As a young girl, Yvonne Berry DeVigne watched her aunt carefully cutting and shaping stylish hats for women in Philadelphia's African American society and churches. By the age of 8, she had created her first hat -- doll perfect with a six-inch round black velvet brim and a sea-green satin dome, decorated with a cluster of tiny colored balls.
DeVigne preserved the hat for 81 years, and she prospered in the art of millinery, creating thousands of hats over the years for Washington women of all walks of life. For 25 years, until it closed in the mid-1970s, DeVigne was chief designer and milliner at the well-known Bachrach's Millinery. She made fur hats, fabric hats, hats with veils, hats to order for Washington's well-to-do at the shop at 11th and H streets NW.
Long after the art of making hats by hand gave way to mass-produced crowns, long after more and more well-dressed women felt complete without the pillbox or summer straw brim, DeVigne continued to design and make hats. "She just enjoyed the art," said her granddaughter Renee DeVigne.
"People would bring her scraps of fabric, and she would make stunning creations," the granddaughter said. "She could take something that a car ran over, and you would never know it."
Yvonne Berry was born in Philadelphia, the granddaughter of a slave. In 1932, she graduated from an all-girls high school in Philadelphia and married Gaston L. DeVigne II; he had gone to an all-boys school, and they met at a school dance and fell in love. He died in December. They would have celebrated their 72nd wedding anniversary on May 24.
After graduation from high school, she began her millinery career in Philadelphia and became one of the first African Americans to break the color barrier in millinery there.
Her son, Gaston DeVigne III, recalled that in the mid-1950s, some people suggested that for her to be successful she needed to go to France and learn French so that she could be promoted as a French designer. She chose not to go.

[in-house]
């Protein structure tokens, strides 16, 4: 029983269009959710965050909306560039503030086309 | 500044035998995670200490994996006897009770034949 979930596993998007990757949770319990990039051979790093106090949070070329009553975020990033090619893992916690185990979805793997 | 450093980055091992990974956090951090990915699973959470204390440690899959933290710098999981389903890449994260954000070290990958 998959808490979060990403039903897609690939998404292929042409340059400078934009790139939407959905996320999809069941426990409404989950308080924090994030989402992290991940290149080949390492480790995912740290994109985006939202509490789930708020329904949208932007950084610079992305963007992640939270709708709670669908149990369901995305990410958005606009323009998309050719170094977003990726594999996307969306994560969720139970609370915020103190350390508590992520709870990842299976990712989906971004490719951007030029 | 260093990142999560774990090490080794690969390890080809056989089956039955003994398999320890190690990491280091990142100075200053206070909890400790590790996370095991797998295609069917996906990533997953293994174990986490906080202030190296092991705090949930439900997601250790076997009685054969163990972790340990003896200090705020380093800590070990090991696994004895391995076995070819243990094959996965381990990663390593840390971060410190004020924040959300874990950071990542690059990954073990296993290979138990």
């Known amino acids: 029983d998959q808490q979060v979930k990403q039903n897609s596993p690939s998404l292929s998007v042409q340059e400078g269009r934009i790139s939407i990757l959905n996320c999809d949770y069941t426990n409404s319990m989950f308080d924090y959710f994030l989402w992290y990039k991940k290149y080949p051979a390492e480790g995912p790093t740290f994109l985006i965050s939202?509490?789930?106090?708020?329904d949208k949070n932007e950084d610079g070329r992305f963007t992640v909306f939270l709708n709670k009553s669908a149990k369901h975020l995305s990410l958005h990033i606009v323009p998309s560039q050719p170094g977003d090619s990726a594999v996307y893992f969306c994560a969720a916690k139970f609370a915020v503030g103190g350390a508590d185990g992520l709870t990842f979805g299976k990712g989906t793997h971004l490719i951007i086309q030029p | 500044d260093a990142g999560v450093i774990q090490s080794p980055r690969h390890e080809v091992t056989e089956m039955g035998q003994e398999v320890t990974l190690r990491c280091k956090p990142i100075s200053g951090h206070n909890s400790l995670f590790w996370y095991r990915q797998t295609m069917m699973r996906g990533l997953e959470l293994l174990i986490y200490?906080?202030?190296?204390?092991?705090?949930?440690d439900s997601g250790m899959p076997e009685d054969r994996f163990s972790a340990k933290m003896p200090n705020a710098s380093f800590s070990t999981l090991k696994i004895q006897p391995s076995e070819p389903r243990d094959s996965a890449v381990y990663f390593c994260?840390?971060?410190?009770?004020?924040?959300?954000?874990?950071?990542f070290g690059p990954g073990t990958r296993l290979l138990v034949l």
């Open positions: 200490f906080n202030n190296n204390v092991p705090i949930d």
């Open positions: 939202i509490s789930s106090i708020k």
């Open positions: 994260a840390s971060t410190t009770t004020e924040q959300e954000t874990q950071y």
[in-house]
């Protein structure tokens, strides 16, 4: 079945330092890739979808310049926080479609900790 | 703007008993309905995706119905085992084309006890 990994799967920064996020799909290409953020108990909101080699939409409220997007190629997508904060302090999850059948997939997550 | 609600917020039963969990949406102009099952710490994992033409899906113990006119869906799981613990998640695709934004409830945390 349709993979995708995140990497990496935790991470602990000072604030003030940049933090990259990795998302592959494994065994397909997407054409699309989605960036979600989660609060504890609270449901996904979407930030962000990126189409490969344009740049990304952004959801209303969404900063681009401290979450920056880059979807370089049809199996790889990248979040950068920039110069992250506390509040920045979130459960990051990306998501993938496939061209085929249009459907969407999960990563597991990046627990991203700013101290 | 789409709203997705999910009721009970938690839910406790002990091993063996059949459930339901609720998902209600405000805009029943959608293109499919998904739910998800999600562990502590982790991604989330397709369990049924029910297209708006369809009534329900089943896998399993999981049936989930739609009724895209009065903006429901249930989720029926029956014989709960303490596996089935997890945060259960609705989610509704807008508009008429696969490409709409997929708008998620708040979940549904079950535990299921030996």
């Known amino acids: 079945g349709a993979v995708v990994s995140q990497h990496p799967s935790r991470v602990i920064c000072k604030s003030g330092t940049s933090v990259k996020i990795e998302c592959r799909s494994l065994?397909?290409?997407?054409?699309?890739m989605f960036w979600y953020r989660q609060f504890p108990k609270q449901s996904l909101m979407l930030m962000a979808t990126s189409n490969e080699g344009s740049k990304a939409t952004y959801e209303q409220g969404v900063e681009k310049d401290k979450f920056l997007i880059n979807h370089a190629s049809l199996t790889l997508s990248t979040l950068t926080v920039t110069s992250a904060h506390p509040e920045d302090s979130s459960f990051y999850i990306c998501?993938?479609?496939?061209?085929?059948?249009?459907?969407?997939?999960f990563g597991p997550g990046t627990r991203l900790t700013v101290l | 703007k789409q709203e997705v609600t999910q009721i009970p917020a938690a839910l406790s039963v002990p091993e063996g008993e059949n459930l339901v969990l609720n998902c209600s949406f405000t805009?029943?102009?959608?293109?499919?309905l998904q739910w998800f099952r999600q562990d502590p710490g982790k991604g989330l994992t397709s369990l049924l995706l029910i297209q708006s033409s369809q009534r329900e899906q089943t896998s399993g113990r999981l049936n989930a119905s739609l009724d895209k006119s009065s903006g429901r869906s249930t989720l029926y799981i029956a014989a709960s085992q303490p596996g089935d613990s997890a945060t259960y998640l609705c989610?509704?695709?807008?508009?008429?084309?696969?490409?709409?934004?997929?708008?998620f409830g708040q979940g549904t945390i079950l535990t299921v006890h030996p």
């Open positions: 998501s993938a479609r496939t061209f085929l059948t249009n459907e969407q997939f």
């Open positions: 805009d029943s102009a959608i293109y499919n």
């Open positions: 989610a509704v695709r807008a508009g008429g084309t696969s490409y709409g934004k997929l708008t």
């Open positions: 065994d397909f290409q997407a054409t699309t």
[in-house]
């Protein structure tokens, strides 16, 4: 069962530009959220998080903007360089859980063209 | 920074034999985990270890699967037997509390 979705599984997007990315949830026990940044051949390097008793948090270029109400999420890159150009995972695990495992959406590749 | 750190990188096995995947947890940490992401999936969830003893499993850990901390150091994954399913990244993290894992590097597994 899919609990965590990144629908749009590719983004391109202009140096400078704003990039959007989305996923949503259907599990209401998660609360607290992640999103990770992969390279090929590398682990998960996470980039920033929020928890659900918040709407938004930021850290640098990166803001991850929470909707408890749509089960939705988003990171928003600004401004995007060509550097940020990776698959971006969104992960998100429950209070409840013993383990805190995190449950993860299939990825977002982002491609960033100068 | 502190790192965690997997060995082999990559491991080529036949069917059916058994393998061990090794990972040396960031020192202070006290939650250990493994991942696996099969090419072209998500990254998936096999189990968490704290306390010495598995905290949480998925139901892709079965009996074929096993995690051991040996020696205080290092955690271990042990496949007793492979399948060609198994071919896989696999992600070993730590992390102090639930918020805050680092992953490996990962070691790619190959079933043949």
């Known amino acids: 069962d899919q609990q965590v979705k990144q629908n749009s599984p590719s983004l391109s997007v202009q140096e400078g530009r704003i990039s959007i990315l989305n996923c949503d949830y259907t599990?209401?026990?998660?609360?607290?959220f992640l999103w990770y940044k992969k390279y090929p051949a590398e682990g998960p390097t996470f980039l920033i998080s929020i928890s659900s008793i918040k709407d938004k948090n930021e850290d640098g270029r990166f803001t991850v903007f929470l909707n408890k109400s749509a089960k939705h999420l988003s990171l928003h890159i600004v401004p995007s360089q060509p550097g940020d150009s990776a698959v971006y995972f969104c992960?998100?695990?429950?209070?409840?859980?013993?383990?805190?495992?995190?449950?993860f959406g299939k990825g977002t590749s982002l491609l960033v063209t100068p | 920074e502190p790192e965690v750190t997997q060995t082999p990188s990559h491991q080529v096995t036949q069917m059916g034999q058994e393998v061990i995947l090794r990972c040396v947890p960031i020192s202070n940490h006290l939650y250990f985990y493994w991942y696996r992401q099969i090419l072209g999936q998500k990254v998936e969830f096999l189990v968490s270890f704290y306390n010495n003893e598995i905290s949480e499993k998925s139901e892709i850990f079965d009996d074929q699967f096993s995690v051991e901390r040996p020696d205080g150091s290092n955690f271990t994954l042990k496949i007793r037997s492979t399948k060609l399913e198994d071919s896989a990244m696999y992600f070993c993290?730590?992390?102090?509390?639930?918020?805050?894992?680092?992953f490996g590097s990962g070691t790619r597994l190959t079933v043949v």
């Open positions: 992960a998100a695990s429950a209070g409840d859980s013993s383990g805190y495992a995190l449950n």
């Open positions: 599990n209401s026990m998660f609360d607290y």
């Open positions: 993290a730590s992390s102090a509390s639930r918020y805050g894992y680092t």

She gained a reputation in Philadelphia's black press as one of the city's best-dressed women, and the distinction continued when she moved to the Washington area in 1956 with her husband. Johnson Publications recruited him to be its first staff photographer covering the White House, Congress and African American social events in Washington for Ebony and Jet magazines.
She always would be immaculately dressed, properly accessorized and coordinated from head to toe as she accompanied her tuxedoed husband on his assignments to embassies and other Washington social settings.
DeVigne worked in a Georgetown store for one year in the mid-1950s until New York salesmen told the owners of Bachrach's Millinery about "the black girl down there" and encouraged them to hire her.
In those early days, her skills did not always shield her from some white customers who were offended when they discovered that a black woman had created the lovely hat they adored, her son said. Some furriers also refused to send business her way after Bachrach's closed.
Throughout her career, though, others embraced the Silver Spring resident's work. Birdia Bush, a contemporary of DeVigne's, was one of them. She was making hats and teaching adult education at the District's Armstrong High School in the late 1960s, when she would go downtown and see DeVigne through the store window. On occasion, Bush would watch DeVigne leave the store.
"She was completely dressed up in her hat and gloves. She looked like she owned the store. So I wanted to meet her," Bush said. DeVigne gladly showed her techniques and gave her hints on how to display her hats. She also gave her the names of wholesalers in New York where she would get feathers, flowers and other items to trim her hats. They became friends and talked at least twice a week.
Over the years, DeVigne judged hat competitions for the National Association of Fashion and Accessory Designers, critiquing the workmanship and style, said Vanilla P. Beane, the owner of Bene Millinery on Third Street NW. DeVigne was a perfectionist who hand-stitched berets, who could take fur and mold it, and who could master any fabric, she said.
Pulling a fur pelt to fit over a mold took considerable strength, and for a 5-foot, 5-inch woman she was pretty strong, said her son, who recalled her using his exercise wheel one day. "She just dropped down and did two or three" rotations, he said. "She was in her mid-seventies at least."
Her motto, said granddaughter Renee DeVigne, was: "Do what you can do until you can't do it anymore."
DeVigne, 89, who died May 5 of cancer at Casey House in Rockville, made her last hats in April. Among them was a white cloth hat for her 12-year-old great-granddaughter Joelle Yvonne DeVigne to wear for Easter.